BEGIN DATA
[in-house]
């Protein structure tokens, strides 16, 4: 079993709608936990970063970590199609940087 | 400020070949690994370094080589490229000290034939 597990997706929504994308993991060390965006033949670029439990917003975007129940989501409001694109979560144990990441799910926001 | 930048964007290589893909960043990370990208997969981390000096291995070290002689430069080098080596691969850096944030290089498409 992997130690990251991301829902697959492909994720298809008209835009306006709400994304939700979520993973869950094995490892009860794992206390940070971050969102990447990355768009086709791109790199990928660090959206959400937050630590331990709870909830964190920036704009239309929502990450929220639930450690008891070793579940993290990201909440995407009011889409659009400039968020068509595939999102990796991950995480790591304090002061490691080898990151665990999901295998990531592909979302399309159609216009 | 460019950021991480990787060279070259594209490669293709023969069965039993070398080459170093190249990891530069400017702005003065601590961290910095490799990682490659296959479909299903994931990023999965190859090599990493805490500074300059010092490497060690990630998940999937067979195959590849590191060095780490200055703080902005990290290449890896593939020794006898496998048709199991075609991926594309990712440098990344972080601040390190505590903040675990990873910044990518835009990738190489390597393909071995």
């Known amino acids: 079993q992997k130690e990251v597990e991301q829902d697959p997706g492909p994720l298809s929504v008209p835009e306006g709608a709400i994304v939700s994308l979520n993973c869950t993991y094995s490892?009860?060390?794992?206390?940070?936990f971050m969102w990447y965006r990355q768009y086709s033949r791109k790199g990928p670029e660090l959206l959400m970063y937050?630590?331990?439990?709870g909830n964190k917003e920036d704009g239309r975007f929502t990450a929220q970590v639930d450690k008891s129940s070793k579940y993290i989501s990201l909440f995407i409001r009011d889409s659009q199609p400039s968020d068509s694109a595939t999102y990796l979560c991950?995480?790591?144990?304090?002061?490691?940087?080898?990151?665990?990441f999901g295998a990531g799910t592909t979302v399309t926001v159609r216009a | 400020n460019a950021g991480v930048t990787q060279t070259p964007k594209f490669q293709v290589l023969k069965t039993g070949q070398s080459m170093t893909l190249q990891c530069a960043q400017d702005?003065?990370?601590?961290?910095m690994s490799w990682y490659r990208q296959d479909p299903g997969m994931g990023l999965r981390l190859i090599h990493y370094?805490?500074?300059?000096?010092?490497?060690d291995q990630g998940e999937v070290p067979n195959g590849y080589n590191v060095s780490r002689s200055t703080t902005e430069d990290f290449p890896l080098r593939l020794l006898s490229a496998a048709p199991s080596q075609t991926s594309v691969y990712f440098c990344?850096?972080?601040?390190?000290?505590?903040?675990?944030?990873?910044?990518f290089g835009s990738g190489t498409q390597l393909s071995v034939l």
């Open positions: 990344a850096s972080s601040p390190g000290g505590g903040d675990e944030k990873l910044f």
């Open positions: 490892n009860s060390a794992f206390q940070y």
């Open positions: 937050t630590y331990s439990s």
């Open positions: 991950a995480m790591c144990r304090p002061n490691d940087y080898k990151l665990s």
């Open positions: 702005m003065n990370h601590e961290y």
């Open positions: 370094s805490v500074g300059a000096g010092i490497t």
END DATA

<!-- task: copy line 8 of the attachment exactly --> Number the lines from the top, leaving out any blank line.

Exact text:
């Open positions: 702005m003065n990370h601590e961290y």